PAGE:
Talking “Everyday Rebellion” at DokuFest

Anja Petrovic reports from Dokufest on “Everyday Rebellion” in the region.

Activists from Belgrade, Skopje and Prizren took part in a DokuFest panel entitled “Everyday Rebellion” on Wednesday, in which they discussed their shared experiences fighting corruption in the region.

Ksenija Radovanovic was present as a representative of the initiative “Ne davimo Beograd”, a movement which opposes the Belgrade Waterfront development project and the corrupt machinations behind its implementation. She noted that the initiative has gathered much public attention and support in recent months, and has attracted many thousands of people to protests against the speculative project. On the night of Serbia’s elections in late April, in the center of the nightlife district of Savamala, buildings were demolished on a hundred-acre development site and several passersby were tied up by men in masks. Government officials denied that there was anything unusual about the late-night demolitions and ignored accusations of illegal and violent actions against the city and its citizens. Protesters then took to the streets, calling for the resignation of city and state officials who they accused of involvement in the demolitions, also addressing broader issues around the project, which has been deemed “a project of national significance” by the authorities. But Belgrade Waterfront seems to be doing the very opposite, giving away land to Prime Minister Aleksandar Vucic’s “friends” from the United Arab Emirates, breaking and altering laws, and ignoring public input and concerns about the project.

Artan Sadiku from Solidarnost spoke about the evolution of social movements in Skopje, which have transformed from reactionary and ethnic demonstrations in the 1990s and the beginning of 2000s, to protests that tackle a range of social issues, including workers’ rights and the utilization of public space. Several leftist organizations were initially leading the movement, but starting in 2009 a couple of NGOs began adopting the protests as a means of advancing their advocacy work. Soon, opposition parties also wanted to join the anti-government protests. Sadiku said he views the divisions and negotiations between these various groups as an issue of central importance for the movement, which has not made any claim to power but rather aims to build sustainable social networks capable of remobilizing after the initial wave of anti-government protests settles down, thus creating a culture of “everyday rebellion”. Sadiku explained that social change is visible as citizens have embraced activism rather than limiting their civic engagement to the ballot box.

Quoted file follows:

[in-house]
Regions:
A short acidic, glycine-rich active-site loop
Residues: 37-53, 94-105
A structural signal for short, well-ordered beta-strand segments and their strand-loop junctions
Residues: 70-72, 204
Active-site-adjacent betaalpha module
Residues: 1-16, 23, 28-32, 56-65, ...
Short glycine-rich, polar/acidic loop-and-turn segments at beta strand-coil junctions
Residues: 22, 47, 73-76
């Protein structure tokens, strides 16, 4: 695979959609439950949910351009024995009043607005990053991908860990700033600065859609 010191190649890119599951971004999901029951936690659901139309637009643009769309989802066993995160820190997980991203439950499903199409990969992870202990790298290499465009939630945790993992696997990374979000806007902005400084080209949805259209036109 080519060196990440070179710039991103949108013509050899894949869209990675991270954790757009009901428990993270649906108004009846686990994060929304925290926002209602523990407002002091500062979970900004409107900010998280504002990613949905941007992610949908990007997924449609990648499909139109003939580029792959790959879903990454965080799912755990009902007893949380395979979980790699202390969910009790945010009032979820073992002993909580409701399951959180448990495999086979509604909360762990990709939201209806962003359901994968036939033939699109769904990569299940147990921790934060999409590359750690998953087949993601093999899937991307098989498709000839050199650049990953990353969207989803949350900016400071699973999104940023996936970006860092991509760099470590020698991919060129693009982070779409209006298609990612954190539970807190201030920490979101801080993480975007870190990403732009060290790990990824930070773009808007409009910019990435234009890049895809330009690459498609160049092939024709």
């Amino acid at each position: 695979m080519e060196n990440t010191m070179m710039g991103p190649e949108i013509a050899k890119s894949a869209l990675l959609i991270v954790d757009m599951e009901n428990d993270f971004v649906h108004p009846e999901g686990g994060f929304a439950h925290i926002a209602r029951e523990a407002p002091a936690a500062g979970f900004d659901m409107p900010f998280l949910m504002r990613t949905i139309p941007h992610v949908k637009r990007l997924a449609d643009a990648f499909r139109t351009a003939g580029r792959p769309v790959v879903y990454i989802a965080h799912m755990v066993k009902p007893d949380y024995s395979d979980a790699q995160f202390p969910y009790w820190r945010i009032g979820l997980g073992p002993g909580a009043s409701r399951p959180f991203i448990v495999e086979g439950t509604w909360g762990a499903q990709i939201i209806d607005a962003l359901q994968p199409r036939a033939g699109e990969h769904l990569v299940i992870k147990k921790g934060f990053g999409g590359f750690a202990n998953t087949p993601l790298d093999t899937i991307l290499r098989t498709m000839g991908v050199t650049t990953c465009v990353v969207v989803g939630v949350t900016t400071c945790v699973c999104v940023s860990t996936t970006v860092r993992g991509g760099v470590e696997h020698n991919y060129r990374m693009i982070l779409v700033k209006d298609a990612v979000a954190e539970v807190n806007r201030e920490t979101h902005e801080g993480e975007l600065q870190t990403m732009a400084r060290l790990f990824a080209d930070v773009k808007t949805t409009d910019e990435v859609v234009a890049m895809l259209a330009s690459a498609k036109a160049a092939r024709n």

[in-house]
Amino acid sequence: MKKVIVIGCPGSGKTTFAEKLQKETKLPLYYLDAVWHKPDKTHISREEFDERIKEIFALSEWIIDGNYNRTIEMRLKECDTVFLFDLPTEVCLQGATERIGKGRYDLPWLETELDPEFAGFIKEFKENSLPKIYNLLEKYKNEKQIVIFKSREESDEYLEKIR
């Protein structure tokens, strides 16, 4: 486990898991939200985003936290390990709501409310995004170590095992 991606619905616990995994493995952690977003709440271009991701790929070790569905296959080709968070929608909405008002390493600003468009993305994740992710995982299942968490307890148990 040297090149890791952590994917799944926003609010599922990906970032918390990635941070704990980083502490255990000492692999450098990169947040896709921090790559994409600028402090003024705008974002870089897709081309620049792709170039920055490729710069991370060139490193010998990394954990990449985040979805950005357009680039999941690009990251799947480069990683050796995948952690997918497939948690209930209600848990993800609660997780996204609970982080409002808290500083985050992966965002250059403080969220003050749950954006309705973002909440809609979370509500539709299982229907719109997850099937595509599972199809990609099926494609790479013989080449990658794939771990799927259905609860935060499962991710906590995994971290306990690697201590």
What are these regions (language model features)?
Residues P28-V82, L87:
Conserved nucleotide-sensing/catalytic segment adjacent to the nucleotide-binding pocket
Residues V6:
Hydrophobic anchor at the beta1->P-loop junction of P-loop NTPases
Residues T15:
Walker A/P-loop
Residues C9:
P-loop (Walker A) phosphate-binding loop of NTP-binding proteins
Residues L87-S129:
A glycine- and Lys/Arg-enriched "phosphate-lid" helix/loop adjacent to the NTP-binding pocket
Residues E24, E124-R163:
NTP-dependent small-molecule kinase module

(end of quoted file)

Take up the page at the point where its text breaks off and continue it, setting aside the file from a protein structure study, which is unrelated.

Hajrulla Ceku spoke on behalf of the organization “EC Ma Ndryshe” in Prizren, which advocates for active citizenship and tackles issues of community, democracy and cultural life throughout Kosovo. Ceku noted that despite regular commentary about the supposed apathy prevalent in society, people have been increasingly engaged in activism. According to Ceku, the bigger problem lies elsewhere. Authorities and media have aimed to downplay the importance and legitimacy of protests by focusing on the number of participants. He gave as an example an event which occurred two months ago in Prizren. Due to institutional neglect, an old house collapsed and took the life of a three-year-old girl who was playing in the street in front of it. Protesters blamed the state for the incident. Since the number of people who responded to the call to the street the next day was not massive, the protest was declared a failure, “as if the small number of [protesters] legitimized criminal actions by the government,” Hajrulla said.

Moving forward, the major challenges for all three initiatives are much the same: building a local as well as regional support network, and combating the threat posed by officials, opposition parties, and other organizations which aim to divert and co-opt the movements.

Anja Petrovic is a graduate of urban studies (MA), education activist, freelance graphic designer and photographer.

DokuFest, International Documentary and Short Film Festival, is the largest film festival in Kosovo. Each year the festival fills the cinemas and improvised screening venues around historic city center of Prizren with a selection of more than 200 hand picked films from around the world.

Photo credit: Somer Spat/Dokufest 

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